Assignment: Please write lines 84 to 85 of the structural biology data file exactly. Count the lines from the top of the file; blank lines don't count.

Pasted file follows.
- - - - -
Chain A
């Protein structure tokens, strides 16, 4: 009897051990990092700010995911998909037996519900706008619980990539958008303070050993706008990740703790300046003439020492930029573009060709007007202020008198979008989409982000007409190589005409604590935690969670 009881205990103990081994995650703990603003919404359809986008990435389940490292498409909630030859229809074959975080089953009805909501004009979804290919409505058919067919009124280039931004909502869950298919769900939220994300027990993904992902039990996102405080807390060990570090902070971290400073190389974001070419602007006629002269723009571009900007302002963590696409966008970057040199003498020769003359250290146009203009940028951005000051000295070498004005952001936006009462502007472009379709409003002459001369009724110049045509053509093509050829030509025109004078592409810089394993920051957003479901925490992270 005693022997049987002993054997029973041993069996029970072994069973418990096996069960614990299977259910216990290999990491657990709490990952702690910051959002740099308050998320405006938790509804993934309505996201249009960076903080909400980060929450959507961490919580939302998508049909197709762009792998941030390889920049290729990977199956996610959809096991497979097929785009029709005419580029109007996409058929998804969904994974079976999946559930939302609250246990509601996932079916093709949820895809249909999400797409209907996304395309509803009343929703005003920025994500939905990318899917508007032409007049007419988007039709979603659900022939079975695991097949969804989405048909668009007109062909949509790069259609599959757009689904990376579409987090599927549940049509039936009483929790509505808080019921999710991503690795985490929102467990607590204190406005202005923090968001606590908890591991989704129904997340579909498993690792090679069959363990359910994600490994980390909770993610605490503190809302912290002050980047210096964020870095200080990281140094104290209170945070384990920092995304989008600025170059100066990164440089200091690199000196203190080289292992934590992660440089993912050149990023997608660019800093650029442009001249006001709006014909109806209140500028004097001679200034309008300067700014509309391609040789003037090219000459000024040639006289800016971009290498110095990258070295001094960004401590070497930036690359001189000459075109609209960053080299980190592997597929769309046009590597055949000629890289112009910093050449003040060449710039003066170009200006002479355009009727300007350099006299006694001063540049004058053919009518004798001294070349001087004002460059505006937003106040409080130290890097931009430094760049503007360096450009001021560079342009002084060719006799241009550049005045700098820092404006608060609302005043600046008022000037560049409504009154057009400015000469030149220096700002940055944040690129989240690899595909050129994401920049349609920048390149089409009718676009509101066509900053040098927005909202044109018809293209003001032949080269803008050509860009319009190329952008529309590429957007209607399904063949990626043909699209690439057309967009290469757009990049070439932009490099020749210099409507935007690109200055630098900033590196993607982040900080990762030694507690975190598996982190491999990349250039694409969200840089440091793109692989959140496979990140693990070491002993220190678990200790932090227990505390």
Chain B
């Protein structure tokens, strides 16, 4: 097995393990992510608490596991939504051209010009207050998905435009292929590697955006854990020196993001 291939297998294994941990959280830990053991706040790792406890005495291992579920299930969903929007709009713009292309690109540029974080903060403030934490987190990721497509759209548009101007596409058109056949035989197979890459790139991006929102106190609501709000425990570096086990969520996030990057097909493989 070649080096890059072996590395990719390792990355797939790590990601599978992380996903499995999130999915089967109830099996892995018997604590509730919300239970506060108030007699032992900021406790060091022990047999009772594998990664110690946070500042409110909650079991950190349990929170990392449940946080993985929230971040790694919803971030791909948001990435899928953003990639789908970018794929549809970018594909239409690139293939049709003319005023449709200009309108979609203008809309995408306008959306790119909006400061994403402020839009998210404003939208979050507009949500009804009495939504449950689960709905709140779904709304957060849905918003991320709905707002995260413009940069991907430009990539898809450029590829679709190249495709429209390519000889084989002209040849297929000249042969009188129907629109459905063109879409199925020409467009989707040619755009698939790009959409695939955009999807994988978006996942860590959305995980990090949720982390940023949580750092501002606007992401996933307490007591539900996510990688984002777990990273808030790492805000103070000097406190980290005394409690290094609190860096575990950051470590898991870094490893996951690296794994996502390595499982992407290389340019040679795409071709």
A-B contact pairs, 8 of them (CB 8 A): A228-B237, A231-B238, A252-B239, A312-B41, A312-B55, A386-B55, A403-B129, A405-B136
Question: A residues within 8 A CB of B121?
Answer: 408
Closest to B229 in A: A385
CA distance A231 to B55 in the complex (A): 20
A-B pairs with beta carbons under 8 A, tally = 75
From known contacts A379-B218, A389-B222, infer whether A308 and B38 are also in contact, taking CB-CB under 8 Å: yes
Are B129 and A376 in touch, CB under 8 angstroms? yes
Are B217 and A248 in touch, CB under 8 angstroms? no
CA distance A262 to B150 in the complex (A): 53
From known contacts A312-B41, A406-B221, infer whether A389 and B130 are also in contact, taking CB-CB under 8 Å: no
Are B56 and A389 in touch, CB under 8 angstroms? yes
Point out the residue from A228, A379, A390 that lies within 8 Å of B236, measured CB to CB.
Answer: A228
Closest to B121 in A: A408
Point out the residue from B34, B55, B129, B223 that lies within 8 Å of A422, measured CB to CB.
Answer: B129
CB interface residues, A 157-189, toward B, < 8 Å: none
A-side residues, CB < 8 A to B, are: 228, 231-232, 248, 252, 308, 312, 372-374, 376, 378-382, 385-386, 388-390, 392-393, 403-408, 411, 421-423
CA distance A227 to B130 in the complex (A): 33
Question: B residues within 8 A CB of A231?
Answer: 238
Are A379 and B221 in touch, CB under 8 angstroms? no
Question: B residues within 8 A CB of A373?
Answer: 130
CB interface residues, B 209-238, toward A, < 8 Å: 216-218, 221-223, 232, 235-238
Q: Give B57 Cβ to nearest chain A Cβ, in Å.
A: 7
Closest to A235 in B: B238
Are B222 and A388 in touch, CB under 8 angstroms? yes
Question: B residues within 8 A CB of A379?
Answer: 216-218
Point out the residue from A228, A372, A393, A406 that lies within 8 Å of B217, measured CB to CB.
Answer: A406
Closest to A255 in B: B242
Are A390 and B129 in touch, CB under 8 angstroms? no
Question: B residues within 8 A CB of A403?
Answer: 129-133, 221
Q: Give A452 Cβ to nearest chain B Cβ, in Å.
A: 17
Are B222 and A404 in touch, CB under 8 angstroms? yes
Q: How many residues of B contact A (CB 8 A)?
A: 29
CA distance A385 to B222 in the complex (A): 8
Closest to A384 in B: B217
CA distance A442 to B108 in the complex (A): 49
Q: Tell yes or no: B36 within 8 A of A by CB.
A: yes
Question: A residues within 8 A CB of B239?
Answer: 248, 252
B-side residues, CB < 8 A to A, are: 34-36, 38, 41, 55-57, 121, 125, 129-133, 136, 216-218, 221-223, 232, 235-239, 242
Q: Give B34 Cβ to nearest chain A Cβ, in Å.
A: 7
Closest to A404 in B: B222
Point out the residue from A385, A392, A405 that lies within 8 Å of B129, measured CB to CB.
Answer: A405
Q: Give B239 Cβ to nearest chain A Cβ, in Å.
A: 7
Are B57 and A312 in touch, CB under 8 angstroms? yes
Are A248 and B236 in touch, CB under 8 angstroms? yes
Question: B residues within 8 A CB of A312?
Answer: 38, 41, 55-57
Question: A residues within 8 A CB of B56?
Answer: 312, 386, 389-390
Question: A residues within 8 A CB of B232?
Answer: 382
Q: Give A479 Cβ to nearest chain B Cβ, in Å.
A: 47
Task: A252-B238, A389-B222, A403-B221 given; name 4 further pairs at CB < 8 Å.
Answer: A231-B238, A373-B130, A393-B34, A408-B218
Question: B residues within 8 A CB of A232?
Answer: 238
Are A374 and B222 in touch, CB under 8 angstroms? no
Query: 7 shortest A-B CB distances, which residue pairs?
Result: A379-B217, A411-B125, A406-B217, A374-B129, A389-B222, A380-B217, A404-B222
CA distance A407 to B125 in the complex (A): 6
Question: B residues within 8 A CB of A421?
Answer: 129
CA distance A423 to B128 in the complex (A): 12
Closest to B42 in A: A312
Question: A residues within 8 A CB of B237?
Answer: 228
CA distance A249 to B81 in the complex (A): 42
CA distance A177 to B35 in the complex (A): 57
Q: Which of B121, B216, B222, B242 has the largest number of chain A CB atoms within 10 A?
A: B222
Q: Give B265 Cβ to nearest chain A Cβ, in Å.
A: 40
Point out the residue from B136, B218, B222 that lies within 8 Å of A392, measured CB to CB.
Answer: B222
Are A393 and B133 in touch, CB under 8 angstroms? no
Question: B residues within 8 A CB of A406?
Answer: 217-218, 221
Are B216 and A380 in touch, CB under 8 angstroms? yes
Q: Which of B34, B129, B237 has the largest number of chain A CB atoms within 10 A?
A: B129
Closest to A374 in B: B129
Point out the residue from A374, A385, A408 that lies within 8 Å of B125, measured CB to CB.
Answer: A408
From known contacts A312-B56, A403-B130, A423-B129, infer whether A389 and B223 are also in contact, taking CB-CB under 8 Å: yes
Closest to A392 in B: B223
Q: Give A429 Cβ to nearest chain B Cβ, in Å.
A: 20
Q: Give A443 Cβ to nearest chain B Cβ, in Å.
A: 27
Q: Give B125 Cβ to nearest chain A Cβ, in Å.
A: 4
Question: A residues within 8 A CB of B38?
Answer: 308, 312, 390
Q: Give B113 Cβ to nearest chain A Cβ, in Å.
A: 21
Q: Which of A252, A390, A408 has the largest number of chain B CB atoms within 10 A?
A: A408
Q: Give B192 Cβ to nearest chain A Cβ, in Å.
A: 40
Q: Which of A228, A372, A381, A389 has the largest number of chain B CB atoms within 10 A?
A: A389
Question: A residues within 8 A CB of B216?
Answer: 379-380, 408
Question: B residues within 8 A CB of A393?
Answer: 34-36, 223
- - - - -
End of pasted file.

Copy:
Closest to B42 in A: A312
Question: A residues within 8 A CB of B237?